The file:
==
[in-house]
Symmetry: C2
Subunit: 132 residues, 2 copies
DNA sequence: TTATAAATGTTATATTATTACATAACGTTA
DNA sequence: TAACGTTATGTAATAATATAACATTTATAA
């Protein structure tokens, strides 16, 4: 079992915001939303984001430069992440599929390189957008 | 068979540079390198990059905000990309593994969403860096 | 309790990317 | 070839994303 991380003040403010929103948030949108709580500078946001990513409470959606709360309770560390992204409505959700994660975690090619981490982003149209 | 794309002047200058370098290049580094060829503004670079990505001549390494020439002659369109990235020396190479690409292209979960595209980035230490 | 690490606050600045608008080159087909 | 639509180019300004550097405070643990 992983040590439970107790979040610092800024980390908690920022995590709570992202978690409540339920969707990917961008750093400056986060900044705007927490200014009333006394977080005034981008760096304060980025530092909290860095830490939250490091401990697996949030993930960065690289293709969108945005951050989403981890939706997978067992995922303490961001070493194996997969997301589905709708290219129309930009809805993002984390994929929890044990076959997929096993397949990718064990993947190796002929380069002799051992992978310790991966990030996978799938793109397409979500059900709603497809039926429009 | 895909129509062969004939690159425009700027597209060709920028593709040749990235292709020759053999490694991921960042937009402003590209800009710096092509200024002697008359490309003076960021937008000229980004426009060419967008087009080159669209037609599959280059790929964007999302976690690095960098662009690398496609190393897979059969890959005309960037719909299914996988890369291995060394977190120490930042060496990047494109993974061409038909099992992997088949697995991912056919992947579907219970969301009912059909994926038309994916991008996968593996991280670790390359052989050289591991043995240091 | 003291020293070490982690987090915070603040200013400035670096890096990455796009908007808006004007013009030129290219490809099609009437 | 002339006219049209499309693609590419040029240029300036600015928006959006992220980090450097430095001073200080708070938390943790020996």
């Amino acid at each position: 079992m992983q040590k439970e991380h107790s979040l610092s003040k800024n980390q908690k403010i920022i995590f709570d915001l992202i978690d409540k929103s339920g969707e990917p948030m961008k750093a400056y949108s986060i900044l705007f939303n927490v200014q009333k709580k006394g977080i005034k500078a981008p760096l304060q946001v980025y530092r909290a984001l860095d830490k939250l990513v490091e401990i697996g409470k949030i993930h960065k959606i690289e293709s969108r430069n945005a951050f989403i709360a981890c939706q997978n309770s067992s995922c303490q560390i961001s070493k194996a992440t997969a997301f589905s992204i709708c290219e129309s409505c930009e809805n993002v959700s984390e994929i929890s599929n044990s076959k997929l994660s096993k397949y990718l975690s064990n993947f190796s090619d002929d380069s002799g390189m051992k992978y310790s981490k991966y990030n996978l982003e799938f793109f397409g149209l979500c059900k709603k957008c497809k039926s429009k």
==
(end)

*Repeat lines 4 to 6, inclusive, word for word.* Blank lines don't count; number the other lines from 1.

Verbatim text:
DNA sequence: TTATAAATGTTATATTATTACATAACGTTA
DNA sequence: TAACGTTATGTAATAATATAACATTTATAA
């Protein structure tokens, strides 16, 4: 079992915001939303984001430069992440599929390189957008 | 068979540079390198990059905000990309593994969403860096 | 309790990317 | 070839994303 991380003040403010929103948030949108709580500078946001990513409470959606709360309770560390992204409505959700994660975690090619981490982003149209 | 794309002047200058370098290049580094060829503004670079990505001549390494020439002659369109990235020396190479690409292209979960595209980035230490 | 690490606050600045608008080159087909 | 639509180019300004550097405070643990 992983040590439970107790979040610092800024980390908690920022995590709570992202978690409540339920969707990917961008750093400056986060900044705007927490200014009333006394977080005034981008760096304060980025530092909290860095830490939250490091401990697996949030993930960065690289293709969108945005951050989403981890939706997978067992995922303490961001070493194996997969997301589905709708290219129309930009809805993002984390994929929890044990076959997929096993397949990718064990993947190796002929380069002799051992992978310790991966990030996978799938793109397409979500059900709603497809039926429009 | 895909129509062969004939690159425009700027597209060709920028593709040749990235292709020759053999490694991921960042937009402003590209800009710096092509200024002697008359490309003076960021937008000229980004426009060419967008087009080159669209037609599959280059790929964007999302976690690095960098662009690398496609190393897979059969890959005309960037719909299914996988890369291995060394977190120490930042060496990047494109993974061409038909099992992997088949697995991912056919992947579907219970969301009912059909994926038309994916991008996968593996991280670790390359052989050289591991043995240091 | 003291020293070490982690987090915070603040200013400035670096890096990455796009908007808006004007013009030129290219490809099609009437 | 002339006219049209499309693609590419040029240029300036600015928006959006992220980090450097430095001073200080708070938390943790020996």